'Unicorns' Implode Spectacularly



ORIGINAL POST
Posted by Ed 5 mths ago
AsiaXPAT (Hong Kong) - Anyone who is running a 'unicorn' business at a loss, should take heed of this latest news.   
 
Casper, a company sells mattresses (a high tech business!!!) that valued itself at over USD1,000,000,000 went public last week and has now had discovery applied to its valuation by the stock market.   
 
In just over a 3 days, the share price has collapsed 37% or a whopping 72% from its Pre-IPO valuation. 
 
Just because someone claims something is worth a billion dollars, does not make it so.
 
It's going to  get a whole lot harder for these money burning beasts to raise new money.
 
Read More on Wolf Street

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COMMENTS
Ed 4 mths ago
UPDATE -  Funding is Drying Up Big Time Now
 
Why am I not surprised that this venture is failing?
 
Cafe X has raised USD14.5M and operates 'robot' coffee shops in San Francisco.   It  is running out of money and now has only two kiosks.
 
Robotic coffee shops have existed for years.   Most petrol stations have them.   And they are one step up from 3 in 1 Nescafe packets or the coffee- flavoured mud that is served up at Tim Horton's (Canadians will know what I am talking about)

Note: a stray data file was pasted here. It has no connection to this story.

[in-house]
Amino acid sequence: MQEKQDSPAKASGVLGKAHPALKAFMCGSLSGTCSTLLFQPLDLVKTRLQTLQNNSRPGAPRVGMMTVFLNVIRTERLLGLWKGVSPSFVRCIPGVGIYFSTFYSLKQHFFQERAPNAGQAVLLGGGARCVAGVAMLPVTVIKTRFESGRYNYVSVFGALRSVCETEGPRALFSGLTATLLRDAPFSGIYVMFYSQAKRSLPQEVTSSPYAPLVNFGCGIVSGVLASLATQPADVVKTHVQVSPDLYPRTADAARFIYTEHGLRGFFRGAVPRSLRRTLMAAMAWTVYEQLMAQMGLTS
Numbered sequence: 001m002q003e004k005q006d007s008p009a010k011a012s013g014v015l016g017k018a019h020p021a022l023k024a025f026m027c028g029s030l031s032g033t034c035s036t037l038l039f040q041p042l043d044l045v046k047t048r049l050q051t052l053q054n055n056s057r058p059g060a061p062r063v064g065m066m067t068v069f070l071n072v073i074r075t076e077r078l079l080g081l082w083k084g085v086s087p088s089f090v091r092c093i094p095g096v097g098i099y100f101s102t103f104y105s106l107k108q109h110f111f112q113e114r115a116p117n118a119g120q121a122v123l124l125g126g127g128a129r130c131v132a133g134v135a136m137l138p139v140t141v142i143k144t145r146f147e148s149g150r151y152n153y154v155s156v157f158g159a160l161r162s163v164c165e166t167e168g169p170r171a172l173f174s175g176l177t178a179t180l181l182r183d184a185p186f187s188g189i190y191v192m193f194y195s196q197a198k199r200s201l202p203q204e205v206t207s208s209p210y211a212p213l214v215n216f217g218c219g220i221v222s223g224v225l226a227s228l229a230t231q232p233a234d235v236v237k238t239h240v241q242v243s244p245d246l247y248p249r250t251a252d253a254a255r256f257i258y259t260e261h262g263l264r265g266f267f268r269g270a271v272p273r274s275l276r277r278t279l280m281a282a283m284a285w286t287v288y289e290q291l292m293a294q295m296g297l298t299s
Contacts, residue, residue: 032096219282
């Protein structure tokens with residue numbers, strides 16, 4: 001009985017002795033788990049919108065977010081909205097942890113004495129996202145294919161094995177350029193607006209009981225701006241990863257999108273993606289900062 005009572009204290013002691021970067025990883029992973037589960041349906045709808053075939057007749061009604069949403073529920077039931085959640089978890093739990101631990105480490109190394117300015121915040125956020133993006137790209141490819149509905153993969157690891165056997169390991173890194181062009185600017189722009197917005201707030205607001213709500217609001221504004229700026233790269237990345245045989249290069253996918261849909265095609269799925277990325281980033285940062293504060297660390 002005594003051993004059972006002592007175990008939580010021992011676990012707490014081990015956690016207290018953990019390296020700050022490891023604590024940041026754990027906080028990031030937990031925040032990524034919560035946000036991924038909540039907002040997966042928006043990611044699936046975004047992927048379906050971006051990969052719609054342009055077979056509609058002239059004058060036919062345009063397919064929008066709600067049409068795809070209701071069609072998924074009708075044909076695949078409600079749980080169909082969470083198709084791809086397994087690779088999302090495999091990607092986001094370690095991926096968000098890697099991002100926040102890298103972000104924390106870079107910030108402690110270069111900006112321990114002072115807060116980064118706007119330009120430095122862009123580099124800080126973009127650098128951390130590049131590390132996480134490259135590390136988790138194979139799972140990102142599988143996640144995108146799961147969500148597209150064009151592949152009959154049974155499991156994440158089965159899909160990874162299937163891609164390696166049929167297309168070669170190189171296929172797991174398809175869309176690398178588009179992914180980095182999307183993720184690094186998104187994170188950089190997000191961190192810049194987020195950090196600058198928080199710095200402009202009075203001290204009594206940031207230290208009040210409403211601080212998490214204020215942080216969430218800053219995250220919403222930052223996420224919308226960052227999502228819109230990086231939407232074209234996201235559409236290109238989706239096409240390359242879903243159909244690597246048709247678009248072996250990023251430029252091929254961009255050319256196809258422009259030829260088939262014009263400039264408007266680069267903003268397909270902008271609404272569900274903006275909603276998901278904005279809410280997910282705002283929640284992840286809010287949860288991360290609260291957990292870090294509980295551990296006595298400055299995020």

Maybe it would have occurred to the founders (and investors) that people prefer barista coffee?
 
Read about more failing Unicorns on Wolf Street 
 
 
Coffee Monopoly in Hong Kong - Invest Now!
 
Did I mention my coffee shop idea?    What I plan to do is corner the market in Hong Kong kinda of like Welcome and Parknshop have done - but I will focus on coffee.
 
I will purchase the absolute best beans in the world and I will sell coffee at half the price of every coffee shop in Hong Kong.   I will gut Starbucks and Pacific Coffee and I will dispatch Uncle Russ to the retirement village. 
 
I will open next to every coffee shop in the city and drive the whole lot into bankruptcy.
 
THEN - I will up the prices of my coffee to HKD100 per cup.   And if anyone dares to challenge my monopoly, I will open THREE coffee shops right next to them, and sell at half price.
 
The thing is, I will only need to do that once, because every would-be coffee shop owner will understand that it is futile to take me on.